Hezbollah is ending its offensive role in Syria and will conduct no more assaults against the military forces of the Assad government. Hezbollah has lost 1,000 dead in Syria since 2013, and probably twice that wounded, out of a full-time military force of 12,000 to 15,000 fighters. Because a minority of any army are front-line troops, it is likely that more than half of Hezbollah assault troops have been killed or wounded. The total Shi’ite population of Lebanon is only about 200,000, so the available manpower pool is limited.
That may explain part of Russia’s decision to base troops in Syria: the war of attrition in that country may have exhausted Hezbollah. The often unreliable Israeli news site Debka.com reports today that Russian marines are engaged in a battle alongside Hezbollah troops east of Aleppo:
Before dawn on Thursday, Sept. 24, Russian marines went into battle for the first time since their deployment to Syria, DEBKAfile’s military and intelligence sources reveal. Russian Marine Brigade 810 fought with Syrian army and Hizballah special forces in an attack on ISIS forces at the Kweiris airbase, east of Aleppo.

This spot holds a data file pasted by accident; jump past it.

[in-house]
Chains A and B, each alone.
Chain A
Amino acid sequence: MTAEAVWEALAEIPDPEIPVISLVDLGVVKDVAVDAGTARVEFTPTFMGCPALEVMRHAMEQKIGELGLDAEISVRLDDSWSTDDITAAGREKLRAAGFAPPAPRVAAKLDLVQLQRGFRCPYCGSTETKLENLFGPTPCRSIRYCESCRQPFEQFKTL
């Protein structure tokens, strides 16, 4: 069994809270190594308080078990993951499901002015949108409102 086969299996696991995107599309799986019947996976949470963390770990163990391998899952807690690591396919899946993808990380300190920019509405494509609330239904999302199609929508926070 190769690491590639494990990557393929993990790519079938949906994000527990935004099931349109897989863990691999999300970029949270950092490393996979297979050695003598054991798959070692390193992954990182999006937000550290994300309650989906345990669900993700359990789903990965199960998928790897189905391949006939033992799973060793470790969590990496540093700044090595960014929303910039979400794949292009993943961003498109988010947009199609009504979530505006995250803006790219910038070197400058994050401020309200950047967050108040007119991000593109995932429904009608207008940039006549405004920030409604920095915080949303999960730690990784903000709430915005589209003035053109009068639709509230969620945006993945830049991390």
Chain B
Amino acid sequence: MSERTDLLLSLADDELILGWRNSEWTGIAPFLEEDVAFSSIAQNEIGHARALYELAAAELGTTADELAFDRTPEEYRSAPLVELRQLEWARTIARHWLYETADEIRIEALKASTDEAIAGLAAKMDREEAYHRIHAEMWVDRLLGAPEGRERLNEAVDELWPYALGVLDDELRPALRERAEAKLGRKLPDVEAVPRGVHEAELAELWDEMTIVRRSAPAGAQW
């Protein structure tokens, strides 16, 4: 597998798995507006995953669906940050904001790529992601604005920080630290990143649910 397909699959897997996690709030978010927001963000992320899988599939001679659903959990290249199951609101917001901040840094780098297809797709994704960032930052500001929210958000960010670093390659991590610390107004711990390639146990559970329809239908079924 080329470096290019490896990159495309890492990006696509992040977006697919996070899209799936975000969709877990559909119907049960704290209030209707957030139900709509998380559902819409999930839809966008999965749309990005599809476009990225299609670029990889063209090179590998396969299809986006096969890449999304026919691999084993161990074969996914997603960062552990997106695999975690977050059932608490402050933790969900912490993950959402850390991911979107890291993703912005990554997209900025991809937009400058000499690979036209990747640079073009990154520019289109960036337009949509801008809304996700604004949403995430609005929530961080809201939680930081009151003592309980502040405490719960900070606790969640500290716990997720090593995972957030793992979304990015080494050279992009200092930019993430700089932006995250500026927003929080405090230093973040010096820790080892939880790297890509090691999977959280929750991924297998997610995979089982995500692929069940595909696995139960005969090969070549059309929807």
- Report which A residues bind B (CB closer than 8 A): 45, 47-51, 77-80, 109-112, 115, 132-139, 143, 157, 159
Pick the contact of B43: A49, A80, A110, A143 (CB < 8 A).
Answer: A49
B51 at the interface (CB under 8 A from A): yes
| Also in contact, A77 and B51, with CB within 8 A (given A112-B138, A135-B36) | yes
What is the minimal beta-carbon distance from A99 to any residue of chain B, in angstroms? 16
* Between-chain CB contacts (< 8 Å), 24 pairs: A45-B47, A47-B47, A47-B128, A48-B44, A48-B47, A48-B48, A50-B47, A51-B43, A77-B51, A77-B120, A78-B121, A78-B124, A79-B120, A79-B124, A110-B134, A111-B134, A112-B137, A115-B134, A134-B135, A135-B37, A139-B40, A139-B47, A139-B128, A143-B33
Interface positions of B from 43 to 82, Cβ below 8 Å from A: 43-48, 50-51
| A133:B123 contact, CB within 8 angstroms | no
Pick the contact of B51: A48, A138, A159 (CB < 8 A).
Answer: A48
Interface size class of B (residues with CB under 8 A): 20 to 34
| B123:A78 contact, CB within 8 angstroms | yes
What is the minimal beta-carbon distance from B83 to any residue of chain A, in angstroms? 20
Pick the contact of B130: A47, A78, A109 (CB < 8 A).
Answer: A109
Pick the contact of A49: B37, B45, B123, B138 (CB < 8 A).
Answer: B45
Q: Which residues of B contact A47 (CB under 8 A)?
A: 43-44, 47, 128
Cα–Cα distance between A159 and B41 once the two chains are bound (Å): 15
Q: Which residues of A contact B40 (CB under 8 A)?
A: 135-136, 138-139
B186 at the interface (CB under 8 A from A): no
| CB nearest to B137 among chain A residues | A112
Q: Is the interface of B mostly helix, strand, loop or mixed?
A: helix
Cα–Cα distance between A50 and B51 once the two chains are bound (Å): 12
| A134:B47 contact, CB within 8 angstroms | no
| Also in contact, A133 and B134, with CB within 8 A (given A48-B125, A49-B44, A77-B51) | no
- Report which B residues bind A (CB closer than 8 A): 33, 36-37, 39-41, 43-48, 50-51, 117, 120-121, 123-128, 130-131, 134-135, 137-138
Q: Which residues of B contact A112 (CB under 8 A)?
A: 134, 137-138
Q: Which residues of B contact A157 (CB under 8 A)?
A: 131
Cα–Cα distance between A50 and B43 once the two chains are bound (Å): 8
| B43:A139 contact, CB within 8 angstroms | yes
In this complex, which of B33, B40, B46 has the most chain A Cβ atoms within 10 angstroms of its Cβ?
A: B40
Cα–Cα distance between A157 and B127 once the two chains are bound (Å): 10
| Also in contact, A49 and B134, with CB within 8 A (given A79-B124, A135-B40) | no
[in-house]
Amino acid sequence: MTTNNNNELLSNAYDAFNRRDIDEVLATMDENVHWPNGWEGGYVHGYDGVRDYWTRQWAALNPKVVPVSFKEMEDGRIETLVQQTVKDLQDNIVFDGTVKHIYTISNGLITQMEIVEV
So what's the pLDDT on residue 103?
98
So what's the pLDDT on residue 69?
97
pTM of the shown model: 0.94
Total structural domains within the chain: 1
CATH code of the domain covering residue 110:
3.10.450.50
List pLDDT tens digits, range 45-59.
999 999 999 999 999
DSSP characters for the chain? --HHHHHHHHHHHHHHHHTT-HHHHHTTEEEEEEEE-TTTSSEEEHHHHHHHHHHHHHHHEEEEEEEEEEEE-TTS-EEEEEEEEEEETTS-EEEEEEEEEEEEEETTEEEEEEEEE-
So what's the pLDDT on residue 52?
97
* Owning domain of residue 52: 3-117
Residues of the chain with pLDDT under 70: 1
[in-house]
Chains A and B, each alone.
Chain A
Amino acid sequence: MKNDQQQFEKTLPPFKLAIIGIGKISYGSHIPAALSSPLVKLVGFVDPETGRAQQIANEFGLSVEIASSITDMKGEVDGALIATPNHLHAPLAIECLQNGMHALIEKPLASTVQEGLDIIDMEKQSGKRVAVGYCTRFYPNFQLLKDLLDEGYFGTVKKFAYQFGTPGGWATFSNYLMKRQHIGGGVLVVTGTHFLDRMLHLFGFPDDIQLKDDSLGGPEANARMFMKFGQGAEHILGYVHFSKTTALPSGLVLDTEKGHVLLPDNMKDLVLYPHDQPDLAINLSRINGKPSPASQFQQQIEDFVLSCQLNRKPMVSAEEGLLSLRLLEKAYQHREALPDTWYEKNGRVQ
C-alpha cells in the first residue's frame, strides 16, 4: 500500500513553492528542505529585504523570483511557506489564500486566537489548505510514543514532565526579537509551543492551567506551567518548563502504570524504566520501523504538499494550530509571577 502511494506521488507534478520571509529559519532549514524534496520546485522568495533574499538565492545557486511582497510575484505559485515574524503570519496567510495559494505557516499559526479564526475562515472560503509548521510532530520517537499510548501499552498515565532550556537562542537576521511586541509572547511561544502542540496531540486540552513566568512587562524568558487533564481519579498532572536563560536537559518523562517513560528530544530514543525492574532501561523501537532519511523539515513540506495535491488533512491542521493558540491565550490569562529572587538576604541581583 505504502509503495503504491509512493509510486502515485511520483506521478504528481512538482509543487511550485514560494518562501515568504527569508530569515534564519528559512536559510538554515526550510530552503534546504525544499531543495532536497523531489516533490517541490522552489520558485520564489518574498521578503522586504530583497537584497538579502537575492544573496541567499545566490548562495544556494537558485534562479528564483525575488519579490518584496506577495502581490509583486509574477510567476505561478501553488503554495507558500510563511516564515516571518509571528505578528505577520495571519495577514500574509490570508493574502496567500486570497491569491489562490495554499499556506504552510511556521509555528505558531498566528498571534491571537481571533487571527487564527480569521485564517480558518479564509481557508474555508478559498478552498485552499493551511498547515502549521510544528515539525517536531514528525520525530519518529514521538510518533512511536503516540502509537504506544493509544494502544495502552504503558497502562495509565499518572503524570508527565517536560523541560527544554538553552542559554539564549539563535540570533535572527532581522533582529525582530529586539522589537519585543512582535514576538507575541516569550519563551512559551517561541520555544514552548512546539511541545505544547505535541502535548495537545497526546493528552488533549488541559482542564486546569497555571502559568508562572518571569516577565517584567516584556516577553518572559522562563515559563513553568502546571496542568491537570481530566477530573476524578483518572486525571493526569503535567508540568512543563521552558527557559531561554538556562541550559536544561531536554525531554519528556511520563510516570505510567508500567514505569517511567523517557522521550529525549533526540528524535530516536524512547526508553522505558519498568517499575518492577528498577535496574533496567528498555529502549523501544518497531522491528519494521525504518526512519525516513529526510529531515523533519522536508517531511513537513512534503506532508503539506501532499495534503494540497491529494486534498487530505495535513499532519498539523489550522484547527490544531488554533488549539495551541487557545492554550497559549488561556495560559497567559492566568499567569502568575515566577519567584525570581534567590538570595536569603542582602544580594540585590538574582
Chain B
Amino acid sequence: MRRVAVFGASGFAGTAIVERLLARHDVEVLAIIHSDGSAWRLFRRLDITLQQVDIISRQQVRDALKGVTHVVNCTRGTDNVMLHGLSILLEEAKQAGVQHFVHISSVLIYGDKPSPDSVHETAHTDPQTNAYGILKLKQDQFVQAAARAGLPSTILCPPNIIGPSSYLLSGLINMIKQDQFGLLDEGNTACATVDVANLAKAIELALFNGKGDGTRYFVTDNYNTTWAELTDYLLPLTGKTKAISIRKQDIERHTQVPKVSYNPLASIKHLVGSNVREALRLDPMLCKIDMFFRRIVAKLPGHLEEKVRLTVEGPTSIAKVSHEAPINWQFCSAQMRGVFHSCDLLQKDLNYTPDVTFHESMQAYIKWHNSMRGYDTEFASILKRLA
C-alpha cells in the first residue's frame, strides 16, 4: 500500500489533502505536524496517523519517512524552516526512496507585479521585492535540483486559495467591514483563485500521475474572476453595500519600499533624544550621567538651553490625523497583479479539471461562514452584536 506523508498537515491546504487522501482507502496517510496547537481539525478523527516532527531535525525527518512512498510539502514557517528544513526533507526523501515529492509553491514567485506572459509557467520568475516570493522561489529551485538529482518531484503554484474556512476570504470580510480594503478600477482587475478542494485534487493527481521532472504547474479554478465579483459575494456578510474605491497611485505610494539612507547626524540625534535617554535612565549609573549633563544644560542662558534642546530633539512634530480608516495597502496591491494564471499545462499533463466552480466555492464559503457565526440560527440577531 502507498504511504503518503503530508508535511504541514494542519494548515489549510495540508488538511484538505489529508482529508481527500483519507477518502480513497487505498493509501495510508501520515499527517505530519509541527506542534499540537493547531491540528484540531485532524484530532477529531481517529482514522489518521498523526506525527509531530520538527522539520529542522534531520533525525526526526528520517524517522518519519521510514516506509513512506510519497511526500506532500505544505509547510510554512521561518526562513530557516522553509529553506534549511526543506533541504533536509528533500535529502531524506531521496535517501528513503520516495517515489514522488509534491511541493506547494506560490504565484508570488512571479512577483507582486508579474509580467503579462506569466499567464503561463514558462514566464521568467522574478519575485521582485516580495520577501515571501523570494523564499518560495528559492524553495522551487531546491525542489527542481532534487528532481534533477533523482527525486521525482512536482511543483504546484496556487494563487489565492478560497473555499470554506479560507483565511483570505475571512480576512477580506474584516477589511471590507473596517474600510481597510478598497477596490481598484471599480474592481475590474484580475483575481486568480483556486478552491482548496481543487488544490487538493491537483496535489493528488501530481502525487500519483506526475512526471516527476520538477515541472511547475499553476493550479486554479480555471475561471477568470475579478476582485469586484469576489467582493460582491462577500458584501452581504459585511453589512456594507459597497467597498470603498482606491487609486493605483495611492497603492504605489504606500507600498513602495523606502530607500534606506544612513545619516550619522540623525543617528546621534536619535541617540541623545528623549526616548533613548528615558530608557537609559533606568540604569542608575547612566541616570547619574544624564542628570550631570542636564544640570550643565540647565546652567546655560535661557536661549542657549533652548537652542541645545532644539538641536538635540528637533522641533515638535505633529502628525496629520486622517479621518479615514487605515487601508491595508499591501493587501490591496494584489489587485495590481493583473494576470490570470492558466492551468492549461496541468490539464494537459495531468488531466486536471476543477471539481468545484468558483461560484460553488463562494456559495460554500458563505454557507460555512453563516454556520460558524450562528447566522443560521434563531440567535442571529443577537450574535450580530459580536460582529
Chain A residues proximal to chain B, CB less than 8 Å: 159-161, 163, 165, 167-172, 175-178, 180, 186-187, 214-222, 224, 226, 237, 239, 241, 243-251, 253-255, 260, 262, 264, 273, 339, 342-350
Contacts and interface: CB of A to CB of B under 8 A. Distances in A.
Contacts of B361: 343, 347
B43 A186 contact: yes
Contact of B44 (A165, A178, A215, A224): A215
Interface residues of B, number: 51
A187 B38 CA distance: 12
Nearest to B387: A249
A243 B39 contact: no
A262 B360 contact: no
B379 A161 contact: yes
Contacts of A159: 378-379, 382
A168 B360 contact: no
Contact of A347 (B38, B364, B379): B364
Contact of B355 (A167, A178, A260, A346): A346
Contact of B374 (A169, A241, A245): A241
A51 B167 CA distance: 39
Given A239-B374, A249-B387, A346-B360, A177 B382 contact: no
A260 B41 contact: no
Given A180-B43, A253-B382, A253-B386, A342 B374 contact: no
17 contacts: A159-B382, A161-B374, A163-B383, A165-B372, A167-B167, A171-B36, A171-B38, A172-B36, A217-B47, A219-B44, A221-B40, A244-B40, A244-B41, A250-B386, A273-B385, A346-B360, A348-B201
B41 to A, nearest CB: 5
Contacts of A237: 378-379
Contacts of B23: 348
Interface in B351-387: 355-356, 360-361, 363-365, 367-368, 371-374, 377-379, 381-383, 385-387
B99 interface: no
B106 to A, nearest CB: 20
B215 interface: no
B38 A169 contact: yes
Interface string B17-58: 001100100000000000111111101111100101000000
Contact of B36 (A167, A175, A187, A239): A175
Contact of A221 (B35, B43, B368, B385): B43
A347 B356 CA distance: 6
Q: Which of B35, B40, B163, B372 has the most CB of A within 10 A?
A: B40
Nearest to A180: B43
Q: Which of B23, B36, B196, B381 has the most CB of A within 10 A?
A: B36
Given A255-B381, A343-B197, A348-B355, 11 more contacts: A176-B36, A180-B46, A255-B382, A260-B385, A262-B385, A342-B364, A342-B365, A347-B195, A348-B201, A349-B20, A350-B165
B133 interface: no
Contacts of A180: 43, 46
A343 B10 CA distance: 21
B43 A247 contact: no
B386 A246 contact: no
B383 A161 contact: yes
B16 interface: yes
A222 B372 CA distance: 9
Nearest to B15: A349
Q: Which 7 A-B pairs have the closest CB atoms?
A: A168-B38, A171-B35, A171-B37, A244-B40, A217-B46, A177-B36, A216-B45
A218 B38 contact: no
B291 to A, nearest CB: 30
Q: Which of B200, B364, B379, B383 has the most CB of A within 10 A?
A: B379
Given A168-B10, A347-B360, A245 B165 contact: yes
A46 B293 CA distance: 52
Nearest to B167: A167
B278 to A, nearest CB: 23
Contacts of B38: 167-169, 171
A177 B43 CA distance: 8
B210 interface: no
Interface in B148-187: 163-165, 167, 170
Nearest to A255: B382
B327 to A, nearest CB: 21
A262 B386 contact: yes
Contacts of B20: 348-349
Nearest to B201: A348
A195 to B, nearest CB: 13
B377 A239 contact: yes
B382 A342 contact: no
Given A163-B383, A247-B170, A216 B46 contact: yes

This operation runs contrary to the assurances of President Vladimir Putin to Prime Minister Binyamin Netanyahu on Sept. 21 – just three days ago – that Russian forces in Syria were only there to defend Russian interests and would not engaged in combat with the Syrian army, Hizballah or Iranian troops.
Jonathan Spyer, the Director of the Rubin Center and a Fellow at the Middle East Forum, advises me by email that such reports should be viewed with skepticism.
Even if the Russian marines remain in their barracks near Latakia, Russia clearly intends to provide close air support to the Assad government, deploying “Frogfoot” ground-attack aircraft to Syria. The “Frogfoot” (SU-25) is a somewhat lighter, lighter-armored and more maneuverable equivalent of the A-10 “Warthog.” Subsonic ground-attack aircraft are vulnerable to modern air defenses, but it is unlikely that ISIS has the capability to down them. American and allied air operations have been limited in part by an extreme aversion to collateral damage. The Russians are likely to be far less squeamish.